"Hibiscus tea is the infusion made from the calyces (sepals) of the Hibiscus sabdariffa flower, an herbal tea drink consumed both hot and cold by people around the world. It is also referred to as roselle (another common name for the hibiscus flower), flor de Jamaica in Latin America, karkadé in Egypt and Sudan, bissap or wonjo in West Africa, sorrel in Jamaica and Trinidad and Tobago, red sorrel in the wider Caribbean, and other names in other regions." [per Wikipedia]
When I drank this red colored tea with sugar, it had a cranberry-like flavor. Besides the good taste, it was also very pleasing to look at (due to the color), when drank out of a glass with ice... This tea naturally contains vitamin C along with trace minerals and is used traditionally as a mild medicine. Hey, this drink is really big in Egypt. For example, it is said to have been a preferred drink of the pharaohs. ...Anyway, one of the most touted claims about drinking hibiscus tea, is its ability to lower blood pressure - especially if you're suffering from Type 2 diabetes. Speaking of lowering blood pressure, you may also be interested in reading my post: "The Health Benefits of Vinegar." ...Now back to the hibiscus subject: If you'd like to read more about this type of healthy tea and the studies that have linked it to lowering blood pressure, visit: http://en.wikipedia.org/wiki/Hibiscus_tea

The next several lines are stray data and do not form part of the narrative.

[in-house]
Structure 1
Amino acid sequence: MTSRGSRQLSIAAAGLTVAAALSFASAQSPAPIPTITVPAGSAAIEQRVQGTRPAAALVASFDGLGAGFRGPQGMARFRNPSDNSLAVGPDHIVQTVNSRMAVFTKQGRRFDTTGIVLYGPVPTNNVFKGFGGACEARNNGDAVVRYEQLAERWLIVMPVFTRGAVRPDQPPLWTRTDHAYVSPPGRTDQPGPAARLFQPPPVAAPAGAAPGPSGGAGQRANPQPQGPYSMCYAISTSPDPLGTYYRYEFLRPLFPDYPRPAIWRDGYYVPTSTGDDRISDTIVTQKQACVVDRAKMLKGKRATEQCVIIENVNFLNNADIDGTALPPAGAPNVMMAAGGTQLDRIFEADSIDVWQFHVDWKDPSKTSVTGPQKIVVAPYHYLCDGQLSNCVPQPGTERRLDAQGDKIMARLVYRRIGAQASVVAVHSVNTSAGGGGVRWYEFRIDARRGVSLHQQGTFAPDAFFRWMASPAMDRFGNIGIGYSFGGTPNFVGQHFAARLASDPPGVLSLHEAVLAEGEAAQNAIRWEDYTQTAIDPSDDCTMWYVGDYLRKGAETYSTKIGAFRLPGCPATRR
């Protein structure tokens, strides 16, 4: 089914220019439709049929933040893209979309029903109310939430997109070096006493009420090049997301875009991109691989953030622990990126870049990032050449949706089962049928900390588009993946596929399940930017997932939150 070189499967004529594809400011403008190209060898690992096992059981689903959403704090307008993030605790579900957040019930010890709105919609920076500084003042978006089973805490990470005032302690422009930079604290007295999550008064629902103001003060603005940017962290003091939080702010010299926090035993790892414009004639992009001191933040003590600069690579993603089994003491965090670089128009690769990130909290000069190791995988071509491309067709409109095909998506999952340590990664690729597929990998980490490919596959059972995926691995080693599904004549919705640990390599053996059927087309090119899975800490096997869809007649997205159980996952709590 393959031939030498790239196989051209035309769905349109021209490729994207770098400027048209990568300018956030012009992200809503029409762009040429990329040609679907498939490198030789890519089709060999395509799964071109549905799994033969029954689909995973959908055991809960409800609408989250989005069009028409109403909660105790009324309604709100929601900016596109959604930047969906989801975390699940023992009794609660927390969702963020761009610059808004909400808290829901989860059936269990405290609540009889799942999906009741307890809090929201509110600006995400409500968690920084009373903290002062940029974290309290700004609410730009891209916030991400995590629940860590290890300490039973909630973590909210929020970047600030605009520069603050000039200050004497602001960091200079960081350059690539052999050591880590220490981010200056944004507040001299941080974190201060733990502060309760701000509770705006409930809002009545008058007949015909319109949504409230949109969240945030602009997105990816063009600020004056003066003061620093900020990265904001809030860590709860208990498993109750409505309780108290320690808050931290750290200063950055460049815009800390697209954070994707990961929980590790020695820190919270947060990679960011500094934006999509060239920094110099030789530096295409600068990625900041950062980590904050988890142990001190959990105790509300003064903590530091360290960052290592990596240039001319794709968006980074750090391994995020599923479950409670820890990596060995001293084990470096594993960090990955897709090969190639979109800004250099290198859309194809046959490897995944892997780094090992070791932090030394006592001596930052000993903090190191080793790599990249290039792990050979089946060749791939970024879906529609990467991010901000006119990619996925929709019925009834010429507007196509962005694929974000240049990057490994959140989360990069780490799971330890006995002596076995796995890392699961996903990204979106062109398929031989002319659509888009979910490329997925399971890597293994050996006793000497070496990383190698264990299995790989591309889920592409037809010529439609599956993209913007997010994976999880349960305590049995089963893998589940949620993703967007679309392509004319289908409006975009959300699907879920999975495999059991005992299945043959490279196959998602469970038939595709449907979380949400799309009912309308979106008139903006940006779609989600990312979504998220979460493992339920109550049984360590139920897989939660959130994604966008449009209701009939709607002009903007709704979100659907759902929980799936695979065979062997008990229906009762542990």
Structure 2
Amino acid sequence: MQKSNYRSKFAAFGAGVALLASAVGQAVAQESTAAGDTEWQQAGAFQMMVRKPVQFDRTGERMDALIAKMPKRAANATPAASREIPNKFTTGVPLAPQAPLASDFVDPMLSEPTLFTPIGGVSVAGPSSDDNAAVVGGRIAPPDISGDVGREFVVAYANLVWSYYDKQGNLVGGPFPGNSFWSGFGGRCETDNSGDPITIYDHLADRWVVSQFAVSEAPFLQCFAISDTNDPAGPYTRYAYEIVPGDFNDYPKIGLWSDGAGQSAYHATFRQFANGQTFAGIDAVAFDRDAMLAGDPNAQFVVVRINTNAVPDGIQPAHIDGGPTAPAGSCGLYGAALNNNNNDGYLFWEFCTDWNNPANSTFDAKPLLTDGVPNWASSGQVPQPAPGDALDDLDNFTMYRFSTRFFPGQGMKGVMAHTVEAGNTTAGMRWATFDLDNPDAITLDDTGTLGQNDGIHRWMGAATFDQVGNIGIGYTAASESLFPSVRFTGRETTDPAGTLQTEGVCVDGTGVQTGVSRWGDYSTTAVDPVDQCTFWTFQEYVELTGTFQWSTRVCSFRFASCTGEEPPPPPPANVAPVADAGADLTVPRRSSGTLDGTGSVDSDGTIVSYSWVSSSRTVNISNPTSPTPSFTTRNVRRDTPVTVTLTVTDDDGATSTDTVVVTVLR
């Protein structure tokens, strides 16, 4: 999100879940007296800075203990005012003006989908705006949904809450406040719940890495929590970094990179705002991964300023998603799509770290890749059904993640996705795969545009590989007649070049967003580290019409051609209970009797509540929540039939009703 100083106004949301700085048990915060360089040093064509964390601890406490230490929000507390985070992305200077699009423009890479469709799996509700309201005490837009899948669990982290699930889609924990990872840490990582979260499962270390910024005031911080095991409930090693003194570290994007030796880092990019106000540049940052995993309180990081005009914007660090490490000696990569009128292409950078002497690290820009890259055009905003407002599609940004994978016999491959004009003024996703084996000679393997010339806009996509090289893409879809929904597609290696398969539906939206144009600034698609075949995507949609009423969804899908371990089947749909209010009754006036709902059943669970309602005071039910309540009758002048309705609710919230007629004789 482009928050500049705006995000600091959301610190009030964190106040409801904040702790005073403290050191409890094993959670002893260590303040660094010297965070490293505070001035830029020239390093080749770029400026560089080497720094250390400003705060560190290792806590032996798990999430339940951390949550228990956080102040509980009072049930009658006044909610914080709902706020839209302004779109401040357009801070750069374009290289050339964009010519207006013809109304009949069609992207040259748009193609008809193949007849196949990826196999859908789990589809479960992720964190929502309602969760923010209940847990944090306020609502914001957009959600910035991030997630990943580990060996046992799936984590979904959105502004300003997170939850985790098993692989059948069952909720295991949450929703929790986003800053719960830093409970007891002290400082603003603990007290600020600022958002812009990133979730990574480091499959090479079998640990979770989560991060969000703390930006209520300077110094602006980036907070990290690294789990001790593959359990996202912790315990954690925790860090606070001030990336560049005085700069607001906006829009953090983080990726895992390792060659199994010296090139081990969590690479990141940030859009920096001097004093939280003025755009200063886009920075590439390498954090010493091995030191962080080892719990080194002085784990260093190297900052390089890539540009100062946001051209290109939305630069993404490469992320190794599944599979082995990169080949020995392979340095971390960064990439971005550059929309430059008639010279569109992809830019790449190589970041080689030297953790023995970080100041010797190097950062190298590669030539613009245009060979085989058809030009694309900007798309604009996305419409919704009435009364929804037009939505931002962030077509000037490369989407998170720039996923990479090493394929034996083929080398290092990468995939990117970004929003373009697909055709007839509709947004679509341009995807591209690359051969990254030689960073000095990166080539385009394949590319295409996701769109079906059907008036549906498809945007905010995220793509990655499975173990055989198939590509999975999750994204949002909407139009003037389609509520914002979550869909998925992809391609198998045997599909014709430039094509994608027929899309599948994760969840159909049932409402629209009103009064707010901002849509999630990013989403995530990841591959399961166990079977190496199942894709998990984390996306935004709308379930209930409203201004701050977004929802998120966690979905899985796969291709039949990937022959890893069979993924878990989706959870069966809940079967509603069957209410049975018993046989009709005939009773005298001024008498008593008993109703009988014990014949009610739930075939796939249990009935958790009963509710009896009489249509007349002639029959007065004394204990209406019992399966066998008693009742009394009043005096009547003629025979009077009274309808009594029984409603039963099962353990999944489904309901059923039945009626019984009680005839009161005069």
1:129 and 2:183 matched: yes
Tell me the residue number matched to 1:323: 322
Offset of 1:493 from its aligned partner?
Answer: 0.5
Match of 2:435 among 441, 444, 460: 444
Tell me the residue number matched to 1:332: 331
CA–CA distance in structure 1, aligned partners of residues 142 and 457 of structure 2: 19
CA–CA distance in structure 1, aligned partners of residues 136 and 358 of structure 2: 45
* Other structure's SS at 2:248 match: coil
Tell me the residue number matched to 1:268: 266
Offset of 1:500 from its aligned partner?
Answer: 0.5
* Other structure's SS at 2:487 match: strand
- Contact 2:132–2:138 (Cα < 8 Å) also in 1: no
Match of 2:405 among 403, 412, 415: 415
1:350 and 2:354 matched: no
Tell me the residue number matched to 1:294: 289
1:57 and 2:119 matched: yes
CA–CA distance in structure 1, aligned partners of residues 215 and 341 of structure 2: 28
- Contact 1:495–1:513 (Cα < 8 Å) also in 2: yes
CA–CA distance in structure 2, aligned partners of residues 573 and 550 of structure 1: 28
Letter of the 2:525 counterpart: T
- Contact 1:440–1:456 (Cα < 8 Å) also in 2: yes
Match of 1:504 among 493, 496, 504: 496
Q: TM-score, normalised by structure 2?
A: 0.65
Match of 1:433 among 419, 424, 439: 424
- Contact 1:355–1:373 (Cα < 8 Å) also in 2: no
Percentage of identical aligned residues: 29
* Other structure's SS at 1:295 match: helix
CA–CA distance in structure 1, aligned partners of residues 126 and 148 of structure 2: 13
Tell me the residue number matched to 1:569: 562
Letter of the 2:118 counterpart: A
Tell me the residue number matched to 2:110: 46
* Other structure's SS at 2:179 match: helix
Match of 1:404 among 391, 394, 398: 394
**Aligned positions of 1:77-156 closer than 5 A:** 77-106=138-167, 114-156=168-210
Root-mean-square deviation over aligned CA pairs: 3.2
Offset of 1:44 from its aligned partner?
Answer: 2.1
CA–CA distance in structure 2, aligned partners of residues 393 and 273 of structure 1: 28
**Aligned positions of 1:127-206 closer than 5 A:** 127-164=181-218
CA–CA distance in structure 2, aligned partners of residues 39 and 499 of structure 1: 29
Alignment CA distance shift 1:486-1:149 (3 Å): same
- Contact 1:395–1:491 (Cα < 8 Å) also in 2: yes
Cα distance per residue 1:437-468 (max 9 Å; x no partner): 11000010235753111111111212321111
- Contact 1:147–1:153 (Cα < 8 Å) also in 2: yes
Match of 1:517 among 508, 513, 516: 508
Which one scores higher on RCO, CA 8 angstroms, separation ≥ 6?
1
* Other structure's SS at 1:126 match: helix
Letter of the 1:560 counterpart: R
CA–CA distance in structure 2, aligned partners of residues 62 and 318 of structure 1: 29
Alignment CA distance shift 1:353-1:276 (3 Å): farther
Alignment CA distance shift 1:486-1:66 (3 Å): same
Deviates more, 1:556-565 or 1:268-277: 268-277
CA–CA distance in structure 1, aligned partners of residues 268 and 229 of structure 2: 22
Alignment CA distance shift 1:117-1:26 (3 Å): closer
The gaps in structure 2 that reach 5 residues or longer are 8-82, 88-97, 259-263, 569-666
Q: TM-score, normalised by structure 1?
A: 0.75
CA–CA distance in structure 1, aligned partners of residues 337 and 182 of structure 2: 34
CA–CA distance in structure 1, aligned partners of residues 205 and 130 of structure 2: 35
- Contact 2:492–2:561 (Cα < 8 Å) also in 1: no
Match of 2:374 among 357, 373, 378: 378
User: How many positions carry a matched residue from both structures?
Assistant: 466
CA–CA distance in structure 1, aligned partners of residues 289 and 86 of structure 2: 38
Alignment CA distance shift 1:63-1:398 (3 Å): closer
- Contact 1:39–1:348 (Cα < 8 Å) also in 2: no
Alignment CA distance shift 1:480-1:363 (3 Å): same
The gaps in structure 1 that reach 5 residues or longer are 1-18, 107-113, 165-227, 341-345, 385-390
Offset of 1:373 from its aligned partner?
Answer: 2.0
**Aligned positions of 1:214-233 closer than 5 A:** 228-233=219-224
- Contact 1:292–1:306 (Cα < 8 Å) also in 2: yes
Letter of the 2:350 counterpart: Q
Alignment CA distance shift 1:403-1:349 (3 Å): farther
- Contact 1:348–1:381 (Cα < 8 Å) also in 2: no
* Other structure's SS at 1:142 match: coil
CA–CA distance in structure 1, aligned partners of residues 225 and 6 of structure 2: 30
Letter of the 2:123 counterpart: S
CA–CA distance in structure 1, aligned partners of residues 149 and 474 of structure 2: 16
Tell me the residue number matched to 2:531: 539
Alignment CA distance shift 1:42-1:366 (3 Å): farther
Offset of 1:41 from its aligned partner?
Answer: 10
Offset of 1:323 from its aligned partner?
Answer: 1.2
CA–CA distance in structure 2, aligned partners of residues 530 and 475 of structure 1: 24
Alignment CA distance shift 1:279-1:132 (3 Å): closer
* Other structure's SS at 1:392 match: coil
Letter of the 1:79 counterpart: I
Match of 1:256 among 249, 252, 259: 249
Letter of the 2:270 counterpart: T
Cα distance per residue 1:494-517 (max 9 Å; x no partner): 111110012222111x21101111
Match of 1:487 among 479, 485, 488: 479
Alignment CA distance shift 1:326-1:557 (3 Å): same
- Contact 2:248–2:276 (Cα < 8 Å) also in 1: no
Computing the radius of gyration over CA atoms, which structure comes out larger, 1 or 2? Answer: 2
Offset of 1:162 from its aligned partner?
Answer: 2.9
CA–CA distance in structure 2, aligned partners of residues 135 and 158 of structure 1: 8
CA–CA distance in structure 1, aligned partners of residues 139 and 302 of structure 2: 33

Chamomile is a fairly popular tea that is mostly known for its smooth taste and its ability to calm you down. Many people use it as a sleep aid. However, with my experience with it, if you are really riled up or aggravated, it won't be strong enough for a sleep aid. Of course, Chamomile tea is caffeine free. Outside of it being a mild sleep aid, Chamomile tea has loads of health benefits. It is also used to treat sore stomach, irritable bowel syndrome, acts as a mild laxative and is very healthy for your digestive tract, in general. Chamomile is also an antioxidant, anti-inflammatory and anti-bactericidal. Studies have shown positive results when it comes to lowering blood sugar, as well. Research with animals suggests antispasmodic, anxiolytic, anti-inflammatory and some antimutagenic and cholesterol-lowering effects for chamomile. As usual, more research needs to be done.
Side note: If you suffer from ragweed allergies, Chamomile may not be for you since it is a relative of ragweed.
Outside of green, black, hibiscus, and chamomile teas, there are other healthy herbal teas out there on the market. The brand "Celestial Seasonings" has a wide variety of such things. For example, their herbal "Tension Tamer" tea contains a big variety: Eleuthero, Peppermint, Cinnamon, Ginger, Chamomile, West Indian Lemongrass, Licorice, Catnip, and Tilia Flowers.
So, in between your bad habits and absorption of atmospheric toxins and pollutions, go grab yourself some healthy tea and try to counter some of these negative free radicals. Cheers!
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